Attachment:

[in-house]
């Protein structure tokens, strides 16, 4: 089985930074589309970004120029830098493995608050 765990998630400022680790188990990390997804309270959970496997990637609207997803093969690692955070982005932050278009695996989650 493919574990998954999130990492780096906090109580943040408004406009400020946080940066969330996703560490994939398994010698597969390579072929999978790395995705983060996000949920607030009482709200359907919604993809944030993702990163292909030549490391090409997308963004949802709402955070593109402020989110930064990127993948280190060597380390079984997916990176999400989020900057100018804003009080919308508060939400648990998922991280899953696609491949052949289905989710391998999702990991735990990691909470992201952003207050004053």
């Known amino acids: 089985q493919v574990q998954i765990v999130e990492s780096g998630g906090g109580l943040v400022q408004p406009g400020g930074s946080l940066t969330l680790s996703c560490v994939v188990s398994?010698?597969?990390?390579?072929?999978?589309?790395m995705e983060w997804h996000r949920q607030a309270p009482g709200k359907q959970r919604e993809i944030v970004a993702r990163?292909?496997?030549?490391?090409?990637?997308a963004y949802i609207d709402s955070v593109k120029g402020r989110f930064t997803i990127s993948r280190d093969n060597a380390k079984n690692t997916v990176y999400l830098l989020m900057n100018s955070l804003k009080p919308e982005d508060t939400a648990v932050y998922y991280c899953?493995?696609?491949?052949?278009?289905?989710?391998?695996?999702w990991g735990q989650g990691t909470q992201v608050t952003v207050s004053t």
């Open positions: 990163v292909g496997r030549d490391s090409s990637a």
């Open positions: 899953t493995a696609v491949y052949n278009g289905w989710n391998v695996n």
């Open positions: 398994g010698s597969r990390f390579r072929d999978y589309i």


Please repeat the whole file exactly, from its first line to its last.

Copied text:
[in-house]
């Protein structure tokens, strides 16, 4: 089985930074589309970004120029830098493995608050 765990998630400022680790188990990390997804309270959970496997990637609207997803093969690692955070982005932050278009695996989650 493919574990998954999130990492780096906090109580943040408004406009400020946080940066969330996703560490994939398994010698597969390579072929999978790395995705983060996000949920607030009482709200359907919604993809944030993702990163292909030549490391090409997308963004949802709402955070593109402020989110930064990127993948280190060597380390079984997916990176999400989020900057100018804003009080919308508060939400648990998922991280899953696609491949052949289905989710391998999702990991735990990691909470992201952003207050004053």
């Known amino acids: 089985q493919v574990q998954i765990v999130e990492s780096g998630g906090g109580l943040v400022q408004p406009g400020g930074s946080l940066t969330l680790s996703c560490v994939v188990s398994?010698?597969?990390?390579?072929?999978?589309?790395m995705e983060w997804h996000r949920q607030a309270p009482g709200k359907q959970r919604e993809i944030v970004a993702r990163?292909?496997?030549?490391?090409?990637?997308a963004y949802i609207d709402s955070v593109k120029g402020r989110f930064t997803i990127s993948r280190d093969n060597a380390k079984n690692t997916v990176y999400l830098l989020m900057n100018s955070l804003k009080p919308e982005d508060t939400a648990v932050y998922y991280c899953?493995?696609?491949?052949?278009?289905?989710?391998?695996?999702w990991g735990q989650g990691t909470q992201v608050t952003v207050s004053t």
């Open positions: 990163v292909g496997r030549d490391s090409s990637a």
């Open positions: 899953t493995a696609v491949y052949n278009g289905w989710n391998v695996n």
């Open positions: 398994g010698s597969r990390f390579r072929d999978y589309i």